And never use the coregated metal flex lines they use in homes. They are NOT rated for the kind of movement we get in RV's, and are dangerous. If you must use flex lines, the only kind that will work are the rubber ones, specially made for gas, of course, not just any old rubber lines.

Copper lines seldom need any attention, other than if they get crushed, or severe stone damage. Flair nuts occasionally crack, thats about all. I would just fix what you have, especially if relatively little is damaged.
Just curious, is there any evidence that those corrugated lines can't withstand the movement of an RV?
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Old 10-31-2012, 10:05 PM   #9
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I just replaced a section of copper gas line last weekend. It's not difficult. You will need a flaring tool (about $30) and the correct type of copper tubing. Make sure you buy copper tubing that's rated for propane or refrigeration use; do not buy "general duty" or "utility" grade copper.

Take a few minutes and watch a couple YouTube videos on flaring copper - just remember to put the flare nuts on first!
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Old 10-31-2012, 10:09 PM   #10
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From what I understand they are only code approved in residential situations, and the reason they are not RV approved is that they are not built to withstand constant flexing, only the occasional put on them by the initial installation.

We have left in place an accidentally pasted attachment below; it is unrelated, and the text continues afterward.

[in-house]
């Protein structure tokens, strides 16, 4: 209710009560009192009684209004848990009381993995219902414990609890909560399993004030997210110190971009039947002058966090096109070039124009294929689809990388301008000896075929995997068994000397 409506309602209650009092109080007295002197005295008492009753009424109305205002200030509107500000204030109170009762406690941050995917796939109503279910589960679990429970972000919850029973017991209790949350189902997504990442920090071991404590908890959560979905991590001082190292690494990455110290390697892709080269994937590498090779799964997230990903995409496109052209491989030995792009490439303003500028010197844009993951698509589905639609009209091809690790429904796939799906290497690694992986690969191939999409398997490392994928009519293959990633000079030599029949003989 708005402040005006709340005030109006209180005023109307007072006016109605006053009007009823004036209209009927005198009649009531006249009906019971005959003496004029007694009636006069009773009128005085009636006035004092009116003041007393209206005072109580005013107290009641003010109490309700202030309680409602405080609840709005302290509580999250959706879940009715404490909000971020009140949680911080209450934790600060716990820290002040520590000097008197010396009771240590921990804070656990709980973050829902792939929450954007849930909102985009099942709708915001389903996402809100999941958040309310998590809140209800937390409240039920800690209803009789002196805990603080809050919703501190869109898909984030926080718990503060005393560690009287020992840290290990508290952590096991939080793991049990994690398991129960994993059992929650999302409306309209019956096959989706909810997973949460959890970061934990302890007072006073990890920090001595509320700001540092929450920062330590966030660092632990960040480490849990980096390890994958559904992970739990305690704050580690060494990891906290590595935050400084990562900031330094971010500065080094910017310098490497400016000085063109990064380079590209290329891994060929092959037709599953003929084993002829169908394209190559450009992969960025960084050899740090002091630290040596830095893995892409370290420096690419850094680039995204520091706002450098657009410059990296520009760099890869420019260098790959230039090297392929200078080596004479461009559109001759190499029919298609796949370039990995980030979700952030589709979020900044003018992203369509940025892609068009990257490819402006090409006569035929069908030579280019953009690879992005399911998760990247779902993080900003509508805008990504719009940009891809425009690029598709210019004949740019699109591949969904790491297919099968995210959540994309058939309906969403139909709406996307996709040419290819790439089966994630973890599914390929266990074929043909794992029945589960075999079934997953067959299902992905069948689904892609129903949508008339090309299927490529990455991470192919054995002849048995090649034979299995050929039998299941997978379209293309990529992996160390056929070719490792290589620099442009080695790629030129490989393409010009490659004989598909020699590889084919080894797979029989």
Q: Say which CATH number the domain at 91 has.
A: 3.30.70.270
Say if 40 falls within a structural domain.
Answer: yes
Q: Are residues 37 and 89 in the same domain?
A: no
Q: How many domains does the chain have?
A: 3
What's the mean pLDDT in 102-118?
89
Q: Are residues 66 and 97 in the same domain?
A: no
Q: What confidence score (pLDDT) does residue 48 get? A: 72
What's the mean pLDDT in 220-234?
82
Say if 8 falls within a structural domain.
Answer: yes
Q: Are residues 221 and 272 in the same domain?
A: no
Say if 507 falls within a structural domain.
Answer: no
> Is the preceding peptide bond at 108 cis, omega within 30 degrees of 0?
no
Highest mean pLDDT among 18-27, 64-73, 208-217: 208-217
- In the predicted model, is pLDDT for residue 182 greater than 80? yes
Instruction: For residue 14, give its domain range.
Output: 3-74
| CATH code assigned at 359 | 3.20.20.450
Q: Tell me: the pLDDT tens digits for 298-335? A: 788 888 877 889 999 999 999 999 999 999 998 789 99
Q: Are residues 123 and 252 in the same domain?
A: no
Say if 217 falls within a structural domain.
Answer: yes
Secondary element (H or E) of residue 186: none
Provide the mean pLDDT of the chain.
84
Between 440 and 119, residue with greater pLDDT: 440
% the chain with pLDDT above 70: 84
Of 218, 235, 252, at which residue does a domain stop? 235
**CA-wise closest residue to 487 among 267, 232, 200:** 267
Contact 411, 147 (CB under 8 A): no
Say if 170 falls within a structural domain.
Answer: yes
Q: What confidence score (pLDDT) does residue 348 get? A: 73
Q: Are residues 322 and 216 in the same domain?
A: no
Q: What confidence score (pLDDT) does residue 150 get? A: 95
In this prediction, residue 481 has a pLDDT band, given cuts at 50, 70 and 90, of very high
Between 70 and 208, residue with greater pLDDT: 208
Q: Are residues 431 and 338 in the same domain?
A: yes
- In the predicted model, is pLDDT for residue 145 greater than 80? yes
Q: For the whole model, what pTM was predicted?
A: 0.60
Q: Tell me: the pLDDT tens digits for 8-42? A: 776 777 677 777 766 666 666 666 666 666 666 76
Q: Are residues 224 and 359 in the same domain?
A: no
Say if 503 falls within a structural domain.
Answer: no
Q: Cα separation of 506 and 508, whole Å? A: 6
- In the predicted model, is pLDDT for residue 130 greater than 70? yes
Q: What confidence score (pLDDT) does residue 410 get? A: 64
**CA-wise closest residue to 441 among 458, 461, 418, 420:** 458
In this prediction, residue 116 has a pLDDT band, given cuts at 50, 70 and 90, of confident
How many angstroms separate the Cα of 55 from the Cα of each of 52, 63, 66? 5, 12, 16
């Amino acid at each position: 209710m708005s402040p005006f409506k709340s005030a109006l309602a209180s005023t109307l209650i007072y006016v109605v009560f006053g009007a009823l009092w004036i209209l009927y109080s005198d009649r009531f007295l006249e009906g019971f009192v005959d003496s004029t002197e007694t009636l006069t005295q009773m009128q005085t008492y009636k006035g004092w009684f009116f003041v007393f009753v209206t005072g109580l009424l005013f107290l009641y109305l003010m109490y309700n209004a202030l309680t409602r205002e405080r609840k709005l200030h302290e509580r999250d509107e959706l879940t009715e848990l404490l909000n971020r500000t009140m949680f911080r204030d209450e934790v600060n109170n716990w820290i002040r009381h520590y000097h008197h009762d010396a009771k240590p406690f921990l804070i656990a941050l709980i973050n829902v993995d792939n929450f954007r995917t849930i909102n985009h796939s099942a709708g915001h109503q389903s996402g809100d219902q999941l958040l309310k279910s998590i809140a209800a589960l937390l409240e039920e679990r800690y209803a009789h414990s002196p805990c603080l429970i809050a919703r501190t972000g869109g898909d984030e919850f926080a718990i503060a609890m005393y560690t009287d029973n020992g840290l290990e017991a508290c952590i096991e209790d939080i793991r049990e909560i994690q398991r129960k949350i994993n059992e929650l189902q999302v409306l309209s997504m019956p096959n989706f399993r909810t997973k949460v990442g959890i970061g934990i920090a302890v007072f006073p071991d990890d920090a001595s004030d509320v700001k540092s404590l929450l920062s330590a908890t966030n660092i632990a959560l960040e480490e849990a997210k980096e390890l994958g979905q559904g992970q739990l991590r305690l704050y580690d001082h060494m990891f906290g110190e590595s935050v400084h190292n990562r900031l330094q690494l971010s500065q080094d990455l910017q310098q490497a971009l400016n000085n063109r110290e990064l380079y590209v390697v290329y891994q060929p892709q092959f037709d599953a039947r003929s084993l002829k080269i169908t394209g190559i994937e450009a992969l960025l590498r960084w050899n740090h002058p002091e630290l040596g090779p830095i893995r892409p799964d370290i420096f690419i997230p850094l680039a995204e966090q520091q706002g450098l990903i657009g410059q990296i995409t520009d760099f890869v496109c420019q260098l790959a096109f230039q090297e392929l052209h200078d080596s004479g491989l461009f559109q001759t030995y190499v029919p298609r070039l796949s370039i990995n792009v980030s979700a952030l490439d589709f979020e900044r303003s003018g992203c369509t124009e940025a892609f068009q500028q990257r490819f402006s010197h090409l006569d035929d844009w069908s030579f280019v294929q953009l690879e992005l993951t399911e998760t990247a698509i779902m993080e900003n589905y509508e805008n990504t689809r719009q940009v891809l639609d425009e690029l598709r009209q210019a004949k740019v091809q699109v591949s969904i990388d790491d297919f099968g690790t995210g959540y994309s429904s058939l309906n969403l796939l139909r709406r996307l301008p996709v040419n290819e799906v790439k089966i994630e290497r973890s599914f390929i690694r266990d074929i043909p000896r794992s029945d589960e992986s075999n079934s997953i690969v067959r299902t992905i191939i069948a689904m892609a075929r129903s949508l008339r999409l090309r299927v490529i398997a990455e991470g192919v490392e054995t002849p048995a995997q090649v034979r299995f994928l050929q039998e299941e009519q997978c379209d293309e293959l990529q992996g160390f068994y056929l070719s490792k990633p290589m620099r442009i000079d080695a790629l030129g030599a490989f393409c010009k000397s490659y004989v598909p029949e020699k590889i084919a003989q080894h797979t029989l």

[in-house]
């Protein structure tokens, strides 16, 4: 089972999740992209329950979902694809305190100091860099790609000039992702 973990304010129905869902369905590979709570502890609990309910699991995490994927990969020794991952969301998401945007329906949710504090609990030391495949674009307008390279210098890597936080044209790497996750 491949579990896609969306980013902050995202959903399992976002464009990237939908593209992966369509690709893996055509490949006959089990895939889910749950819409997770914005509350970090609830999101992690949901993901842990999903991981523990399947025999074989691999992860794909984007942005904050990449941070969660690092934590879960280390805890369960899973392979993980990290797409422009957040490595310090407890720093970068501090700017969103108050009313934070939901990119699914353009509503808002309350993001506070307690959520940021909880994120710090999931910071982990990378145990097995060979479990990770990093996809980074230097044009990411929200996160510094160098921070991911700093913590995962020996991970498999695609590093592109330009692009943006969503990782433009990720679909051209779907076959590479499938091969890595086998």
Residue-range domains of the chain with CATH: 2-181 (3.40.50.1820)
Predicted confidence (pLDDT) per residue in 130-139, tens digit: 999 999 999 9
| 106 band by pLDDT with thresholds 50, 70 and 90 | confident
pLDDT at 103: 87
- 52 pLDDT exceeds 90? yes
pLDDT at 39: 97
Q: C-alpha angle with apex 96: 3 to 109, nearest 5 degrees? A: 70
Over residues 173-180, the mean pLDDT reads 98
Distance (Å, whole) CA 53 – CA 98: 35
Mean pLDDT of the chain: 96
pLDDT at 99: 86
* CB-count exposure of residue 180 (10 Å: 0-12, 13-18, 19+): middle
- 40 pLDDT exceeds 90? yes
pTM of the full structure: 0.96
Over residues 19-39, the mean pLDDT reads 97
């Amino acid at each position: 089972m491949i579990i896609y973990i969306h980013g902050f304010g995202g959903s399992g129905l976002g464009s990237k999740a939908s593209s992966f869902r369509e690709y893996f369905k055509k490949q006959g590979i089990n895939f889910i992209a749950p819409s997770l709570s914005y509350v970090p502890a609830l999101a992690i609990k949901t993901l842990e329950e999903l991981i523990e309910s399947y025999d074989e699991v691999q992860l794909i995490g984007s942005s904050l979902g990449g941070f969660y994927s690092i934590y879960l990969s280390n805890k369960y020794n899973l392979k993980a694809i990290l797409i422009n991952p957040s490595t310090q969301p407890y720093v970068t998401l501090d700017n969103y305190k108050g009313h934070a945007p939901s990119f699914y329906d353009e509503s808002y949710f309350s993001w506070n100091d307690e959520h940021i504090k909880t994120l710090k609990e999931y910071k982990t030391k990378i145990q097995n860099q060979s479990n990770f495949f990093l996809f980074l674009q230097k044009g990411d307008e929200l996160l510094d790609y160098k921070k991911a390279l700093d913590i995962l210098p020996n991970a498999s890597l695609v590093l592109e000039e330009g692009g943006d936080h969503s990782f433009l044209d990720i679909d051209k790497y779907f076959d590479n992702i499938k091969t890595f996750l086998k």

When you look at them you will see that they are very thin, much less thick than the normal copper lines we use in an RV. Apparently they just will not hold up under the constant vibrational movement they would get in an RV.

So, I have no evidence directly, but have been told any number of times that the corrugated flex gas lines are not to be used in an RV setting due to cracking dangers and are not RV approved.
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Old 10-31-2012, 10:16 PM   #11
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Interestingly, I found this at csstfacts.org


Historically, rigid piping was used to pipe buildings for gas to supply furnaces, hot water heaters and other gas appliances. In some cases, rigid black iron pipe is used to make this connection. But due to earthquakes and other natural disasters that fracture rigid pipe, in the 1980s the Japanese developed a more robust flexible piping system. Subsequently, a flexible pipe design was developed for the United States by the American Gas Association and its research arm, the Gas Research Institute. In 1991, the American National Standards Institute (ANSI) published the ANSI LC 1 standard, and products based on this standard are called Corrugated Stainless Steel Tubing (CSST).
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Old 10-31-2012, 10:50 PM   #12
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A close friend here in Idaho has an ACE hardware store. We happened to be talking about the corrugated SS gas pipe that he sells in his store. He told me that now they don't even approve (in Idaho anyway) the corrugated SS pipe unless it has the flexible epoxy coating on it, so his old stock became useless.

Now you know all I know...LOL. Just passing along the cautions I have run across, and they are that the flexible corrugated pipe is not RV allowed.

Maybe someone else can shed more light on the topic.